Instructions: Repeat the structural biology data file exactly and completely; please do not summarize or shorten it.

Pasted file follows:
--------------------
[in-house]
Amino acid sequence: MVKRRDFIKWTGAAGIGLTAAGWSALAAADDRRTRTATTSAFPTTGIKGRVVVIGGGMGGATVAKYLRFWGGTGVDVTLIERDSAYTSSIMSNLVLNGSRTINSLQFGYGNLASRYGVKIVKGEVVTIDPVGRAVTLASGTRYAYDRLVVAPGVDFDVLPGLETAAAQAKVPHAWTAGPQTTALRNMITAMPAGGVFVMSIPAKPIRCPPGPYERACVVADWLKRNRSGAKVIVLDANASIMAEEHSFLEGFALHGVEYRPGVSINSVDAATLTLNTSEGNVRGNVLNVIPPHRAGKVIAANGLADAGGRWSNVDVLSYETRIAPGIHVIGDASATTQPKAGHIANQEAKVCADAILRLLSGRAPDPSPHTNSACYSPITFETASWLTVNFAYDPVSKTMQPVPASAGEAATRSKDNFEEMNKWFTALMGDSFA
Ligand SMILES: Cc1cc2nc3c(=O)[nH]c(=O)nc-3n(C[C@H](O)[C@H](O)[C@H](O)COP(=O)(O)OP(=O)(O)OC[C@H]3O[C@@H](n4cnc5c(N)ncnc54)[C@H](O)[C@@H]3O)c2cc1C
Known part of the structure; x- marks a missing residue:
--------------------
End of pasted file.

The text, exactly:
[in-house]
Amino acid sequence: MVKRRDFIKWTGAAGIGLTAAGWSALAAADDRRTRTATTSAFPTTGIKGRVVVIGGGMGGATVAKYLRFWGGTGVDVTLIERDSAYTSSIMSNLVLNGSRTINSLQFGYGNLASRYGVKIVKGEVVTIDPVGRAVTLASGTRYAYDRLVVAPGVDFDVLPGLETAAAQAKVPHAWTAGPQTTALRNMITAMPAGGVFVMSIPAKPIRCPPGPYERACVVADWLKRNRSGAKVIVLDANASIMAEEHSFLEGFALHGVEYRPGVSINSVDAATLTLNTSEGNVRGNVLNVIPPHRAGKVIAANGLADAGGRWSNVDVLSYETRIAPGIHVIGDASATTQPKAGHIANQEAKVCADAILRLLSGRAPDPSPHTNSACYSPITFETASWLTVNFAYDPVSKTMQPVPASAGEAATRSKDNFEEMNKWFTALMGDSFA
Ligand SMILES: Cc1cc2nc3c(=O)[nH]c(=O)nc-3n(C[C@H](O)[C@H](O)[C@H](O)COP(=O)(O)OP(=O)(O)OC[C@H]3O[C@@H](n4cnc5c(N)ncnc54)[C@H](O)[C@@H]3O)c2cc1C
Known part of the structure; x- marks a missing residue: